Germany′s President Calls for More Reforms in Key Speech | Germany| News and in-depth reporting from Berlin and beyond | DW | 17.06.2008
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Germany's President Calls for More Reforms in Key Speech

In his third annual Berlin Speech, German President Horst Koehler said the country could not afford complacency. Instead, he called for more major changes to Germany's social-welfare, education and electoral systems.

Horst Köhler in front of a backdrop reading Berlin Speech

Polls suggest most Germans think Koehler is doing a good job

In his speech, which was held at his official residence, Bellevue Castle, in the capital, German President Horst Koehler said Germany had made considerable progress, including putting some 1.6 million people back to work.

That, he said, was thanks to the Agenda 2010 reform program, essentially a set of cuts to Germany's social-welfare system, initiated by ex-Chancellor Gerhard Schroeder.

But Koehler also said Germany required an Agenda 2020 -- a further package of reforms to encourage the jobless back into the workplace and keep up the positive momentum.

Political party posters in front of Bundestag

Longer terms in office, Koehler said, would check constant campaigning

"A lot more employment, indeed total employment, is possible, if we understand the conditions for it and our opportunities, and act accordingly," Koehler said.

In perhaps his most daring suggestion, the President also came out in favor of extending the period in office to which parliamentarians are elected.

"To combat the permanent electioneering in this country, the legislative period of the German Bundestag could be extended to five years," Koehler said.

Bundestag (upper house of parliament) representatives are currently elected to four-year terms.

Tax cuts and education

Taxpayer lobbyist bangs a gong in protest

The German Taypayer's Association will like Koehler's ideas of taxes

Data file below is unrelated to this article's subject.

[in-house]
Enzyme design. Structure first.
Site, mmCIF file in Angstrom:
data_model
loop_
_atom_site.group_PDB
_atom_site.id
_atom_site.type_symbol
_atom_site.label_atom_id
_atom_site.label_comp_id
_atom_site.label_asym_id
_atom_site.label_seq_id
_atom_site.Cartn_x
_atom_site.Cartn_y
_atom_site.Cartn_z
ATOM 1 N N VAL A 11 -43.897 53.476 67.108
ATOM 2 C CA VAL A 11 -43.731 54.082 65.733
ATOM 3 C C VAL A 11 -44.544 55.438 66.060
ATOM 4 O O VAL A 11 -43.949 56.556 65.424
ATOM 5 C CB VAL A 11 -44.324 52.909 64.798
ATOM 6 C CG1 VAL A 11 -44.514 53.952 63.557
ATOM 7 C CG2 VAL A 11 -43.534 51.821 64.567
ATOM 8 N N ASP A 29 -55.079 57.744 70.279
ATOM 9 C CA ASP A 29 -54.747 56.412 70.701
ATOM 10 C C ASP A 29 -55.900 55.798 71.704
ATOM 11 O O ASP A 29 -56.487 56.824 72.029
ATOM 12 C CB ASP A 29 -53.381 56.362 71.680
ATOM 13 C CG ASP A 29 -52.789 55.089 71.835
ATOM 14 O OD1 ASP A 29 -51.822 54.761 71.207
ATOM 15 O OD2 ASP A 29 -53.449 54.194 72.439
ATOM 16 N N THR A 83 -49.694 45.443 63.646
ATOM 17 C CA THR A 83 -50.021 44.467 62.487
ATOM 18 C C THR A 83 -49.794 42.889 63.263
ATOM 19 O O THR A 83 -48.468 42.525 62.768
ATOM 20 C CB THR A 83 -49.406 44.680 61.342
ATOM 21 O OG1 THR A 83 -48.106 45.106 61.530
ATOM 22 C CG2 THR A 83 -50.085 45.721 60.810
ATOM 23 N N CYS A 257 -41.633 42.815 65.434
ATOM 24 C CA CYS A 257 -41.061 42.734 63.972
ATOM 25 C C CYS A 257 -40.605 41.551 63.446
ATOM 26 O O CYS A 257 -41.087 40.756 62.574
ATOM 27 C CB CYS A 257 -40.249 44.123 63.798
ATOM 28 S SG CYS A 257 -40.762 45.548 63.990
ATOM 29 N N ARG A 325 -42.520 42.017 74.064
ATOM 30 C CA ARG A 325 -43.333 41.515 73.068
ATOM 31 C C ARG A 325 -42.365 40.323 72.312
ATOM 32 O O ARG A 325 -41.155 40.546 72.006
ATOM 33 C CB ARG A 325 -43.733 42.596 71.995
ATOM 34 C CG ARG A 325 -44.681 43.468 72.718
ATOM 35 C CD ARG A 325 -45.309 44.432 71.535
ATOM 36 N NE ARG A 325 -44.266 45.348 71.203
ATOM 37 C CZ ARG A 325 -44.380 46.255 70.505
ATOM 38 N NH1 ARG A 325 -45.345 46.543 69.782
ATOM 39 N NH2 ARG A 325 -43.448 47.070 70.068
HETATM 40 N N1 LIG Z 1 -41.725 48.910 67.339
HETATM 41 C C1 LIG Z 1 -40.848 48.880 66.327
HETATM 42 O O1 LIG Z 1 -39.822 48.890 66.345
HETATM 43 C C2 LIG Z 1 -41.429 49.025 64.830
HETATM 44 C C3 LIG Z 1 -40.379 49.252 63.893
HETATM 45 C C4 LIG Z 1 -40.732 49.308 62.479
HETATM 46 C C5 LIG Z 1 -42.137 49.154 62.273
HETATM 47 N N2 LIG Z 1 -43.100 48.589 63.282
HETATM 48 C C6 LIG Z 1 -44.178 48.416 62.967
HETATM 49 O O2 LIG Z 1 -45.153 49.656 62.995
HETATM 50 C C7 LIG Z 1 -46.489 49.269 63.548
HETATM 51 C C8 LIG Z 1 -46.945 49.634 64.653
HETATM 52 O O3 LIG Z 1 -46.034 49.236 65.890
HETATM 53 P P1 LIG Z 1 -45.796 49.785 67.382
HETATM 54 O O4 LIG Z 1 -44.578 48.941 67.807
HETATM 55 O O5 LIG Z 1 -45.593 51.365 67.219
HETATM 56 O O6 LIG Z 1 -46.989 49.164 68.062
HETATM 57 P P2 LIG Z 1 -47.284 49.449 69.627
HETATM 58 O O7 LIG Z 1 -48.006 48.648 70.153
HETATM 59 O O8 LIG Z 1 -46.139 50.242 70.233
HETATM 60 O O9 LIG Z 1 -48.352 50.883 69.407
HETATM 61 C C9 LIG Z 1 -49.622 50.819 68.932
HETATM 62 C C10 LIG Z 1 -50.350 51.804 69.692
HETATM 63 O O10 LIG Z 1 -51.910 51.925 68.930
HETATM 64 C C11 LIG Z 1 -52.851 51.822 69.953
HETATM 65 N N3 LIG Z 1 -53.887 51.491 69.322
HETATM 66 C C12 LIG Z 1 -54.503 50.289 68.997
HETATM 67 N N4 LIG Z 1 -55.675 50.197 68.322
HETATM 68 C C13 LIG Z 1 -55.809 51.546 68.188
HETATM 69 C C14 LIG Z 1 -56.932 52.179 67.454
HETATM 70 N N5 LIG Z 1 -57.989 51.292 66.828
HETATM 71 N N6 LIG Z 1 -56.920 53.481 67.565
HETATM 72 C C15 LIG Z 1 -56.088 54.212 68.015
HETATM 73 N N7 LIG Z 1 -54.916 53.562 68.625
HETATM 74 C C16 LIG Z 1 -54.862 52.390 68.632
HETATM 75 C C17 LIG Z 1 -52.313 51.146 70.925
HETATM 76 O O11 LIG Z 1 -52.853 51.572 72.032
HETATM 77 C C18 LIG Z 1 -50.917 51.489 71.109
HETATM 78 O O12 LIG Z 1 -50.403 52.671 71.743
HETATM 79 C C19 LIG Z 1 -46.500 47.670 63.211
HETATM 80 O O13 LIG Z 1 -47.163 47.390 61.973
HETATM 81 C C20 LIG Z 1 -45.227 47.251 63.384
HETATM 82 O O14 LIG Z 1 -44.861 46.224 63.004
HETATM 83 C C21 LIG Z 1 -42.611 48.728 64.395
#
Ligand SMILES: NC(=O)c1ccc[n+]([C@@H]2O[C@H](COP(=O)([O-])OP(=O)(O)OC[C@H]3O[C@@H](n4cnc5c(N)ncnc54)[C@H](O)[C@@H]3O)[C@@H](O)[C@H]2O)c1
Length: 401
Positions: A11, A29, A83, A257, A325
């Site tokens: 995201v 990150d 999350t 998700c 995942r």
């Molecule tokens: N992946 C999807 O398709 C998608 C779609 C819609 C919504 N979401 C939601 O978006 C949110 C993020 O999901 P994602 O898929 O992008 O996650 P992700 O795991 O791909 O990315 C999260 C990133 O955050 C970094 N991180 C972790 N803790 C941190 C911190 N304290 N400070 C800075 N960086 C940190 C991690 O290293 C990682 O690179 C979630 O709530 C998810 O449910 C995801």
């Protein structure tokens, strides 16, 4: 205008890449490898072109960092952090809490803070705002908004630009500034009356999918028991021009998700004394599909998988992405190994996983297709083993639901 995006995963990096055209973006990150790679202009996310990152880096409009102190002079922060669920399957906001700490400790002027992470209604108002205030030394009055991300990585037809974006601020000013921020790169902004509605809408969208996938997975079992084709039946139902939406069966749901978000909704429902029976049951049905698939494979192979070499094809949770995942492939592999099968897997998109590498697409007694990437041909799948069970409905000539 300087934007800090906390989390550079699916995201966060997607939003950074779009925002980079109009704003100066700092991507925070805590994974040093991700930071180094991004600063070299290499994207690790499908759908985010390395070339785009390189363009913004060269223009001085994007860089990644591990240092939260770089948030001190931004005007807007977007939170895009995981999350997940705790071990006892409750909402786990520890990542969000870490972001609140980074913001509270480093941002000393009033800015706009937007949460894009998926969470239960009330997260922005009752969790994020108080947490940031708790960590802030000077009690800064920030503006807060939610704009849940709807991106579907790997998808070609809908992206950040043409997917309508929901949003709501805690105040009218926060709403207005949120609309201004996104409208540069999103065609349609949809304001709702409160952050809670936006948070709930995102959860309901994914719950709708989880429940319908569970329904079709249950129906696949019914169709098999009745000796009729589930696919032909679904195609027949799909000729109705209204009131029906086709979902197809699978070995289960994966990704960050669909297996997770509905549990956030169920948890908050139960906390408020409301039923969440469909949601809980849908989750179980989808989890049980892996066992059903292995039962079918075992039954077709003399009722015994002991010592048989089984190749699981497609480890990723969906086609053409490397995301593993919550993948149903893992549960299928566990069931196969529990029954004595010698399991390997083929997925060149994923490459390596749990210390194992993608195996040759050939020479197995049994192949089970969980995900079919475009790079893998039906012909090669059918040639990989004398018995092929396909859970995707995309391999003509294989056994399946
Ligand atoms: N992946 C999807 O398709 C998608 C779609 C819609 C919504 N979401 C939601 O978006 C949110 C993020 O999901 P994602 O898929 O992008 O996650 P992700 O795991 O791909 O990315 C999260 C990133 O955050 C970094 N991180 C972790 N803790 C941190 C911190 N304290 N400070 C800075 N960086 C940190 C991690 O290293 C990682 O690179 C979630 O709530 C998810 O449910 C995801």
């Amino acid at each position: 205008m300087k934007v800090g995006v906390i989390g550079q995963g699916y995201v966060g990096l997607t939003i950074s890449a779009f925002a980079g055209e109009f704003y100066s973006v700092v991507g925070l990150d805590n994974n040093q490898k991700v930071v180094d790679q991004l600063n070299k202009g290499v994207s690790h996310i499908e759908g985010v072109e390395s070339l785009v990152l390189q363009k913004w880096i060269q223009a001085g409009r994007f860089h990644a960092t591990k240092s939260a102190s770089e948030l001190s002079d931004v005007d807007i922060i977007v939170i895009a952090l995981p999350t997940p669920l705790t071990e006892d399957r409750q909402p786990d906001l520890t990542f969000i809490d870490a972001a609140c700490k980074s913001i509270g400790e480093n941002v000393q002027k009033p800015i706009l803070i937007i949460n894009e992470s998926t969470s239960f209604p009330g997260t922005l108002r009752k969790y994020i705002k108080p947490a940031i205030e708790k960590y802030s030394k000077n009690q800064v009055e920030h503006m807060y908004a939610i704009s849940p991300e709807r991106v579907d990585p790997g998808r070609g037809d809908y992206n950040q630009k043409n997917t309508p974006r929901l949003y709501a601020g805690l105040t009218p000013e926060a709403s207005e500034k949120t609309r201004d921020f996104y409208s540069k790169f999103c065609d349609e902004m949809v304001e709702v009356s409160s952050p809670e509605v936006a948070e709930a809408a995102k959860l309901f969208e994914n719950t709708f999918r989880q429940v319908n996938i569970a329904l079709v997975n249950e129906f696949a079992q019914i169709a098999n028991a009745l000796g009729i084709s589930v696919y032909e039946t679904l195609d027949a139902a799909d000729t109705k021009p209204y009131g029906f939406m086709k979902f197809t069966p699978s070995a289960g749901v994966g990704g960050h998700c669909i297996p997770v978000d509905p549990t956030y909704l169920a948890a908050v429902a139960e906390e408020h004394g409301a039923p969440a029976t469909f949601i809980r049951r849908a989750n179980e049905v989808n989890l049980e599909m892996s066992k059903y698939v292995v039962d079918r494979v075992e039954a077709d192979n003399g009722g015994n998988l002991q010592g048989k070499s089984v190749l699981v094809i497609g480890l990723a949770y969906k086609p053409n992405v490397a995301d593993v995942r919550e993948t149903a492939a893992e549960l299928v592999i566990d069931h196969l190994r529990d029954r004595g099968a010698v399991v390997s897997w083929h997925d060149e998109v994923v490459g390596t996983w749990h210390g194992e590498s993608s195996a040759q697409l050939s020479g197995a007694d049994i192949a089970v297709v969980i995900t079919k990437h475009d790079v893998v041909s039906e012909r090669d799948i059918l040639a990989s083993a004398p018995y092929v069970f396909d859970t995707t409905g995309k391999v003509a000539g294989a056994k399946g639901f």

The German presidency is a largely symbolic office without much real political power. But the President's recommendations on major policy issues do carry significant weight.

Koehler is a former head of the International Monetary Fund, and his financial background was in evidence, as he called for tax cuts and reduction of payments into the social-benefits system for the middle class.

But Koehler also stressed the themes of social integration and education.

"Germany needs a climate of enthusiasm and recognition for education," he said. "It should be a country in which education is met with respect, and efforts to become educated, with acknowledgement and assistance."

Ukrainian immigrant in Germany

Koehler called for both greater social integration and higher numbers of educated immigrants

He also voiced support for more immigration.

"Many Western democracies choose their immigrants so intelligently that they are more educated than the average native," Koehler said. "The point is to win over talented foreigners instead of simply tolerating them," he said.

The president also returned to a theme he has addressed in the past: soaring executive pay compared with stagnating pay packets for most workers.

Managers should set an example, Koehler said, adding: "I believe a change of heart is in progress here, and this is a good thing."

Koehler has announced his intention to run for a second term in office, and the German Federal Assembly will vote on his candidacy in May 2009.

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